3.  What are the top three issues that, in your opinion, this city faces in the next two years?  Five years?

Neither candidate directly addressed the question about the top three issues that Henderson faces in the near future.

4.   As an elected official, how will you address these issues?

Daye: Daye said that, during his previous term on the City Council, he strived to be attentive during meetings to conduct the business of the city. “When I was on the council, I was in business. I saw some people that were sitting in the council meeting and (they) would answer their telephones. I thought that was a disgrace. Despite effects of severe asthma, Daye said he took his role seriously.

Walker: Walker stated that she would address the issues through “education and action (and by) using the resources available to me as an elected official. “

5.  What is your experience in the public sector?

Daye: Daye has served previously on the City Council in the Ward 4 at-large seat. He opted not to run for re-election when Jason Spriggs showed interest in running for the seat.

Walker: “ I am a retired veteran, a Vance County schools retiree, a volunteer and humanitarian. I enjoy interacting with the public sector.”

6.  If you are a newcomer to politics, what role do you see yourself playing as a member of an elected body?

Walker: “I see myself as a team member listening to my community, and doing my best to grow in my role, while using resources to find resolutions to the issues that my community brings forth.”

7.  Please share any additional information you want voters to know about you.

Daye: “When I went and filed,” Daye said, “I was gung ho” to run for Council. But, he said, “the spirit hasn’t hit me yet to get out there and fight for that position.” If he is elected, however, he said he would do his best to serve the people of Henderson.

Walker: Walker said she looks forward to serving her community as a Council member. “This is my neighborhood and my community,” she stated. (It’s) where I grew up. The people are nice and welcoming. Growing up near Pinkston Street School, Walker said she could hear the school bell ring from her house.  It was a short walk to elementary school for her in 1974 or 1975, right after integration, and then she walked a little farther to Henderson Junior High. “I had one of the best childhood ever,” she said.


The Local Skinny! Relay For Life To Take Place September 30th

The Vance County Relay for Life is resuming its efforts after several years of reduced activity because of pandemic restrictions. The entire community is invited to the Henderson Family YMCA on Saturday, Sept. 30 from 4 p.m. to 8 p.m. to participate, honor and remember.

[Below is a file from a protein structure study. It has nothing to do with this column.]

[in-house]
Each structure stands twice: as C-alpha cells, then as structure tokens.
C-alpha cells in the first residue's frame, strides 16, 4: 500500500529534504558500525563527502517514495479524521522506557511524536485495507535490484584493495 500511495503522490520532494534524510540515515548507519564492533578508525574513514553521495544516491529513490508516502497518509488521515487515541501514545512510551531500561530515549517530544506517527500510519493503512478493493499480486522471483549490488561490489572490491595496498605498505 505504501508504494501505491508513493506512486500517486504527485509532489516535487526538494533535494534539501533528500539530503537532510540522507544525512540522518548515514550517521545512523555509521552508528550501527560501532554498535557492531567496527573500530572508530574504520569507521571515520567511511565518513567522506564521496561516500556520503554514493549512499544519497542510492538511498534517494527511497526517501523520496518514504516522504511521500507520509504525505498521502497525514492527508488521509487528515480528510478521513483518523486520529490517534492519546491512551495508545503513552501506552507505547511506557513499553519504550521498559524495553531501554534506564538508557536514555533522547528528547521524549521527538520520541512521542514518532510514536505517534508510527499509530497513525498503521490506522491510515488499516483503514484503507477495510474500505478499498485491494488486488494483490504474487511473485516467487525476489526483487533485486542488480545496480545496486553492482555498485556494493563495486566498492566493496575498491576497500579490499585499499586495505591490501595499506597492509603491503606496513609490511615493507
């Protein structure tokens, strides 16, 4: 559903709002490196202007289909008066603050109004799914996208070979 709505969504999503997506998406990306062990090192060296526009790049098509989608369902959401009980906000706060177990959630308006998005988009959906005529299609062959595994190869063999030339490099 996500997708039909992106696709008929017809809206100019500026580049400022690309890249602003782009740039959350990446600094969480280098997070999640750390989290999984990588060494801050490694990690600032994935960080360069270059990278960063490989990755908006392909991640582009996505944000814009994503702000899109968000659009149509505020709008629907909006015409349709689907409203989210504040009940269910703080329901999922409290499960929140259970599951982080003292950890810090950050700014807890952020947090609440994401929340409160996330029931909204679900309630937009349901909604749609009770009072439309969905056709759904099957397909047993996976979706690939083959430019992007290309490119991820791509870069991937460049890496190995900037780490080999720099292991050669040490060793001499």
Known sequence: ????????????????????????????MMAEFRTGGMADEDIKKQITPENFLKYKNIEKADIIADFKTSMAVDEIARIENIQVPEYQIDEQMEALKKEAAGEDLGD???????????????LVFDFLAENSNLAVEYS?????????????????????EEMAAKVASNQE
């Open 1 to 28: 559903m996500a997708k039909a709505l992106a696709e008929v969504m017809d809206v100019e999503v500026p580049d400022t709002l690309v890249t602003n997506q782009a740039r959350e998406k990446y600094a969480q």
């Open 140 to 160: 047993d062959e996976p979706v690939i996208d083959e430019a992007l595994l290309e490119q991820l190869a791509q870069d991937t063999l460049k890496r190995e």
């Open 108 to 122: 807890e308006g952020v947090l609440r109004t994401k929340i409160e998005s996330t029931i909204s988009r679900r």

Freddie Harris and Donald Matthews shared details about the event on Wednesday’s segment of The Local Skinny!

“I believe this will be great start for Relay for Life coming back to Vance County, said Harris, one of the organizers from St. James Missionary Baptist Church that is sponsoring the event. There will be an opening ceremony and luminaria lining the track, with lots of activities in between.

The theme is Uniting in Hope, Empowering Together, she said. The main word is hope, Harris said.

Hope is the key word, Harris said. “I’m hoping that hope will inspire people and that people will feel hopeful from this event,” she said.
“Not just cancer survivors, but the city and the county. We really need to come together.”

Donald Matthews remembers the Relay events of some years ago when thousands of people would gather to participate. He was in charge of logistics, and it was challenging to organize 75 or more teams and have them in the right place at the right time.

There are currently nine teams signed up to participate, but the event can accommodate more.

The event is open to the whole community, and Matthews invites other churches, businesses and individuals to take part.

“Just because COVID stopped (us), cancer didn’t stop,” he said. “Our goal is, one day, to work ourselves out of a job. I’d like to see (cancer) eradicated, if I’ve got anything to do with it,” he said.

Harris invites the community to come out and show support for cancer survivors.

Cancer survivors like herself, a two-time cancer survivor.

“We want everybody to come out and be a part of it,” she said.

To register a team, call the American Cancer Society at 800.227.2345 or visit https://secure.acsevents.org/site/STR?pg=entry&fr_id=105850  to find out more, make a donation or purchase a luminary.

Luminary bags are $10 each, 3 for $25 or $25 for one gold luminary.










The Local Skinny! Home And Garden Show 09-20-23

On the Home and Garden Show with Vance Co. Cooperative Ext.

  • When reseeding your cool season lawn buying poor quality seed is asking for disappointment.Check your seed tags purchase certified seed. Check for the blue certification tag.Certified seed is free of noxious weed seed and contains low amounts of other crop seed.b  Good seed helps in having a good lawn.
  • Start controlling fire ants.
  • Check cole crops for insects. Ex Loopers, cabbage worms, Harlequin bugs.
  • Start planning for any trees and shrubs you may want to plant in your landscape this fall.
  • Control weeds in the garden. One weed left to seed out can produce 1000’s of weeds in your garden next year.